These recombinant vaccines are still undergoing clinical testing, but one or more is expected to receive FDA approval next year. Although the recombinant vaccine will be less expensive than the plasma vaccine, a spokesman for Merck warned that its research and development costs are substantial.
"There has been no price assigned yet to the recombinant vaccine," said Roy Walker, manager of communications for Merck. "But the expectation that the price would drop dramatically is probably misdirected."
Another potential cost-cutter involves delivering the vaccine in smaller doses intradermally -- by a shallow injection between skin layers -- instead of the usual method of injecting it deep into the muscle.
Redfield and other researchers at Walter Reed recently compared the two methods of injection and found "no significant difference" in their effectiveness. In 25 health care workers vaccinated intradermally, only one failed to develop immunity.
Since the intradermal dose was one tenth the intramuscular dose, it would provide "approximately a 90 percent reduction in the cost of the vaccine," the Walter Reed group claimed in the current Journal of the American Medical Association.
In an accompanying editorial, two doctors from Northwestern University estimated that intradermal vaccination could reduce the cost of a dose by 70 percent, to between $30 and $45.
"If intradermal immunization turns out to provide equal protection at less cost," Dr. Robert Craig and Dr. Charles Clayman said in the editorial, "it is imperative that the cost saving be passed on to the consumer. The full potential among high-risk individuals and Third World populations of hepatitis B vaccine may now be achievable."
Intradermal immunization has been available for decades, Redfield said, but until recently there was little need for an alternative to intramuscular immunization. The new incentive is cost. Many of the newer vaccines, including the one against hepatitis B, are much more expensive than, say, a tetanus shot.
"The easy vaccines are all made," Redfield said. "The tough ones are coming down the line. The pennies-per-dose vaccines have all been found."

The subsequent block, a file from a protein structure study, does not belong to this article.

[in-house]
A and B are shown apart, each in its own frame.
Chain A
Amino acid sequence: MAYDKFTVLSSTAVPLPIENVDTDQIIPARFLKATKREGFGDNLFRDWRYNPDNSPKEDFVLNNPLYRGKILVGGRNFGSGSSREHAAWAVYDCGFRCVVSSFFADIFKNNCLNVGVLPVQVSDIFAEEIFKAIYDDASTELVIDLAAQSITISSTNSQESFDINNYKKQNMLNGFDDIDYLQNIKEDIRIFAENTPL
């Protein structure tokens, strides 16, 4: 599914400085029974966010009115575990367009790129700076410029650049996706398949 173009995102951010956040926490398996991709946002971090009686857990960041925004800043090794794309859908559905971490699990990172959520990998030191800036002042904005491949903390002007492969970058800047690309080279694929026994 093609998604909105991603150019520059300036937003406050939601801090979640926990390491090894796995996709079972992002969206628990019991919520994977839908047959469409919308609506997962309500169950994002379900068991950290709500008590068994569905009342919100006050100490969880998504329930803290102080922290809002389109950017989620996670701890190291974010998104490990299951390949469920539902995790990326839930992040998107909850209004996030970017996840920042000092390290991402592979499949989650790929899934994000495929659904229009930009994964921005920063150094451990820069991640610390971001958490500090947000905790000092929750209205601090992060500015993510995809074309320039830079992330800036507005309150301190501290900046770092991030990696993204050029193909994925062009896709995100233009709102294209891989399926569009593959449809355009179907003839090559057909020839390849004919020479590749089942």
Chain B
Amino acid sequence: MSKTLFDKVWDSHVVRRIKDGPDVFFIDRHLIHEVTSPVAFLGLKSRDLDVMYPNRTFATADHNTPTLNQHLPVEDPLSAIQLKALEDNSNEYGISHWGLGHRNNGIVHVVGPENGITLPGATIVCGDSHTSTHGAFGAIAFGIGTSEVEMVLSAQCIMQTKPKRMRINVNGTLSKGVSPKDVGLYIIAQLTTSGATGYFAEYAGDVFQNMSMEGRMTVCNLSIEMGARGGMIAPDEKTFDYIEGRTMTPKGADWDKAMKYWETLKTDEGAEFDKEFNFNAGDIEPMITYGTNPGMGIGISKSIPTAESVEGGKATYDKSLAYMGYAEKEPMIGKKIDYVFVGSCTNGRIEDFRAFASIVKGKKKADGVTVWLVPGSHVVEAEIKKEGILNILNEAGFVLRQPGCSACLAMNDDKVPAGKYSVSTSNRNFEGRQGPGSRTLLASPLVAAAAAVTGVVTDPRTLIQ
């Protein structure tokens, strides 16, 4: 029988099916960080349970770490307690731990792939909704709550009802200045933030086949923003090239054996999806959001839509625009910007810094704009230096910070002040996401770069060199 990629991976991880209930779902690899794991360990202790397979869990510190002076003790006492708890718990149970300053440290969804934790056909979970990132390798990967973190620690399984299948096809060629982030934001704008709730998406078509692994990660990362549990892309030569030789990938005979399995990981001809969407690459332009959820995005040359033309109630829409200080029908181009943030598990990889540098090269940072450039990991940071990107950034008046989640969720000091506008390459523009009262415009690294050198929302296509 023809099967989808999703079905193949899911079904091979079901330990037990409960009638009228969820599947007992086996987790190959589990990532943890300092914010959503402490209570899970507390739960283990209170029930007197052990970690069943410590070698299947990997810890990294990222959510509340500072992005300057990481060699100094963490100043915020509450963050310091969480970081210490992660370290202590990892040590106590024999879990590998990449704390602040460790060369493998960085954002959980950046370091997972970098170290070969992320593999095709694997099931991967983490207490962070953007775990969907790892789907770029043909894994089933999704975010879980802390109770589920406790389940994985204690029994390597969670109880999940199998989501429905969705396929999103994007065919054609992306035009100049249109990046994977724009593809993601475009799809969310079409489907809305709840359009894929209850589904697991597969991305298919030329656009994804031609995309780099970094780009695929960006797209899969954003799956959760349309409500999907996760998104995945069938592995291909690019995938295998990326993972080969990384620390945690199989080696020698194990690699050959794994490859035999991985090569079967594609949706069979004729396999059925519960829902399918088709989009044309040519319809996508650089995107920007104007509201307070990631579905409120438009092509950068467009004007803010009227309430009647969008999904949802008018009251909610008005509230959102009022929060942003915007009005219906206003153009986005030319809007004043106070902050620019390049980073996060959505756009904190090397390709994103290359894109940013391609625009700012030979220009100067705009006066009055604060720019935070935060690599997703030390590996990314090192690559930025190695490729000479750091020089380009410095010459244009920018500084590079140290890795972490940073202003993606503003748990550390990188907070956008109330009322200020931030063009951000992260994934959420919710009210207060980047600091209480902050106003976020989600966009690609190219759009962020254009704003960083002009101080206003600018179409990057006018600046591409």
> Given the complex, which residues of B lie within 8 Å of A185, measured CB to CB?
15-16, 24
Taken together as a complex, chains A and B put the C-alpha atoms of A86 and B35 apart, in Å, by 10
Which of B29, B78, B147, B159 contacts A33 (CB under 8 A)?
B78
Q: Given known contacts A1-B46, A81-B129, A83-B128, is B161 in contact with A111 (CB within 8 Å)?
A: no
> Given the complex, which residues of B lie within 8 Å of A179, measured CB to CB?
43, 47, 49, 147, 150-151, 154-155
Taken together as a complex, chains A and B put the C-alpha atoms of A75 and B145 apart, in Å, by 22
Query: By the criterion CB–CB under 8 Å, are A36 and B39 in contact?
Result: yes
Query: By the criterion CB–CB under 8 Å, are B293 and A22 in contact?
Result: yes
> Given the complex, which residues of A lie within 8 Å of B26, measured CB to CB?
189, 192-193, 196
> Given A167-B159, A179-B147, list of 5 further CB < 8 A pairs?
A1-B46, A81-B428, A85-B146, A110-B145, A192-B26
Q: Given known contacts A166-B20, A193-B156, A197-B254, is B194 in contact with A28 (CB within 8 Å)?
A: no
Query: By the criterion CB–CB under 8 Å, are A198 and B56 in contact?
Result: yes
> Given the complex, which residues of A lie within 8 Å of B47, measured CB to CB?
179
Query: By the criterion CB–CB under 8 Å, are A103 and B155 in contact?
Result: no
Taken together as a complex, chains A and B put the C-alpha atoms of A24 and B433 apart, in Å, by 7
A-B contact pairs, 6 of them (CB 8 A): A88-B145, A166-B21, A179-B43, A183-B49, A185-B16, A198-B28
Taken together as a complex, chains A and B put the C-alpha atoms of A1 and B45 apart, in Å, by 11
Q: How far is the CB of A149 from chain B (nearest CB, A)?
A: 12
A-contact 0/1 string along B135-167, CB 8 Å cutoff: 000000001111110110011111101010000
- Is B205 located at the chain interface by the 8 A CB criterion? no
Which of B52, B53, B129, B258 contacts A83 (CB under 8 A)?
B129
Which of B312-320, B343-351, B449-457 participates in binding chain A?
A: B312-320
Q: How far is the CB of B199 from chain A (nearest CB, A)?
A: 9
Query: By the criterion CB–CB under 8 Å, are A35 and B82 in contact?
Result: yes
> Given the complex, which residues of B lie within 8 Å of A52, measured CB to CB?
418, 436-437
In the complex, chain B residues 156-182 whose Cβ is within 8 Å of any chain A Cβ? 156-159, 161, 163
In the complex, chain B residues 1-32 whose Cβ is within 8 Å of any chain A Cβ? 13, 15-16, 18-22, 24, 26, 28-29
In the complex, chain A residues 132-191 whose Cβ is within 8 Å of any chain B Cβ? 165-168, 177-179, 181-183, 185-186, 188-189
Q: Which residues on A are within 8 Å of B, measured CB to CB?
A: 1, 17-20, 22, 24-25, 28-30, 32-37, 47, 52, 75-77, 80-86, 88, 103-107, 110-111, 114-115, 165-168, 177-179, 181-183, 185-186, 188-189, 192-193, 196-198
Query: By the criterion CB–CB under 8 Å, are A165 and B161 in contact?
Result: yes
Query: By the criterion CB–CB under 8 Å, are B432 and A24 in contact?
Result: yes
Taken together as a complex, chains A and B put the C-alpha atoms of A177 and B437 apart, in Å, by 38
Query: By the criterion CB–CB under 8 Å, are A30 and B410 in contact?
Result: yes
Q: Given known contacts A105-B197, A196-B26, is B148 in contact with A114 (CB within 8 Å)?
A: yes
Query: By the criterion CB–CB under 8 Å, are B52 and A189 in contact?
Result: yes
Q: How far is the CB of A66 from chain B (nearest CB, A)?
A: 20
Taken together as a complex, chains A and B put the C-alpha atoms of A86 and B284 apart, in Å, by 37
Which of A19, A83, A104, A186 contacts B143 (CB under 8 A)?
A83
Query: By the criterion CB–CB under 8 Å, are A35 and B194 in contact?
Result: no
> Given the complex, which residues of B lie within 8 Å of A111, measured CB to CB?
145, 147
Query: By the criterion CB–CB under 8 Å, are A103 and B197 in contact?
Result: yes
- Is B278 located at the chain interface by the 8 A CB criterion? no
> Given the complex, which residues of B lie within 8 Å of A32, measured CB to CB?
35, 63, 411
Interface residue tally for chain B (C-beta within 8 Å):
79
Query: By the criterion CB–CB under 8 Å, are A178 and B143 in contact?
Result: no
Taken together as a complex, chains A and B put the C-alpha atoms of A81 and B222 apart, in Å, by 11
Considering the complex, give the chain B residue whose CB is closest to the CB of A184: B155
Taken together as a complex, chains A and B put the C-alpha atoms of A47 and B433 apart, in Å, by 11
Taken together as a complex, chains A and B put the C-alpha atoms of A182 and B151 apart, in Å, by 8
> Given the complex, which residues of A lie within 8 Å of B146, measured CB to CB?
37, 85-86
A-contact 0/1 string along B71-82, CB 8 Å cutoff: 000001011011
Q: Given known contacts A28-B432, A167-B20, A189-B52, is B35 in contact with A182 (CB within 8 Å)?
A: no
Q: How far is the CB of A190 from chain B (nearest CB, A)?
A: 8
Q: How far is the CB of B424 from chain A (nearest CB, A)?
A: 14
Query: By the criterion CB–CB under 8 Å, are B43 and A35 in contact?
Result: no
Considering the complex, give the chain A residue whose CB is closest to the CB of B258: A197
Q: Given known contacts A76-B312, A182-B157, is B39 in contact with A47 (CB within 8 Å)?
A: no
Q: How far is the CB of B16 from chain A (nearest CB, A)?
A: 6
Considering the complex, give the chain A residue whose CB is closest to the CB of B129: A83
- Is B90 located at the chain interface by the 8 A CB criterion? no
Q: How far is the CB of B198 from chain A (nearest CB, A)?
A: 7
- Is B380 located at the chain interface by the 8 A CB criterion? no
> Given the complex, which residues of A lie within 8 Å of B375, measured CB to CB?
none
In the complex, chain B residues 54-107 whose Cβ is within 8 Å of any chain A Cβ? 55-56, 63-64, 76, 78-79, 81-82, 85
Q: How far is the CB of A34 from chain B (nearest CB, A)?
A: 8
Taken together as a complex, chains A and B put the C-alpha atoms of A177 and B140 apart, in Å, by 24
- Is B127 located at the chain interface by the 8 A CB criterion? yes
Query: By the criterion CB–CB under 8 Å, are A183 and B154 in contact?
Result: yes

"If it can be given intradermally, it would be a tremendous saving," said Dr. Saul Krugman, professor of pediatrics at New York University School of Medicine, whose research in the early 1970s was instrumental in development of the vaccine. "The problem is, that's not easy to do out in the real world."
Injecting a vaccine between layers of skin is technically more difficult, Krugman said. And Merck's own studies suggest that it is slightly less effective and more likely to cause a local reaction, a company spokesman said.
But Redfield said intradermal injection is effective and poses no particular difficulty for properly trained health care workers using small, specially designed intradermal needles.
Health authorities agree that a successful vaccination campaign also depends on educating the public about the risks of hepatitis B.
Many health care workers who are desperately afraid of contracting AIDS on the job, says Whitman-Walker's Hawley, are surprisingly unconcerned about the real and well documented risk of hepatitis. While there is no documented case of AIDS contracted by a health care worker on the job, health care workers die of hepatitis every year.
Hawley spoke recently at a local hospital to a group of about 30 nurses concerned about AIDS. The hospital had offered the hepatitis vaccine free, and Hawley asked how many had been vaccinated against hepatitis.
Only two raised their hands.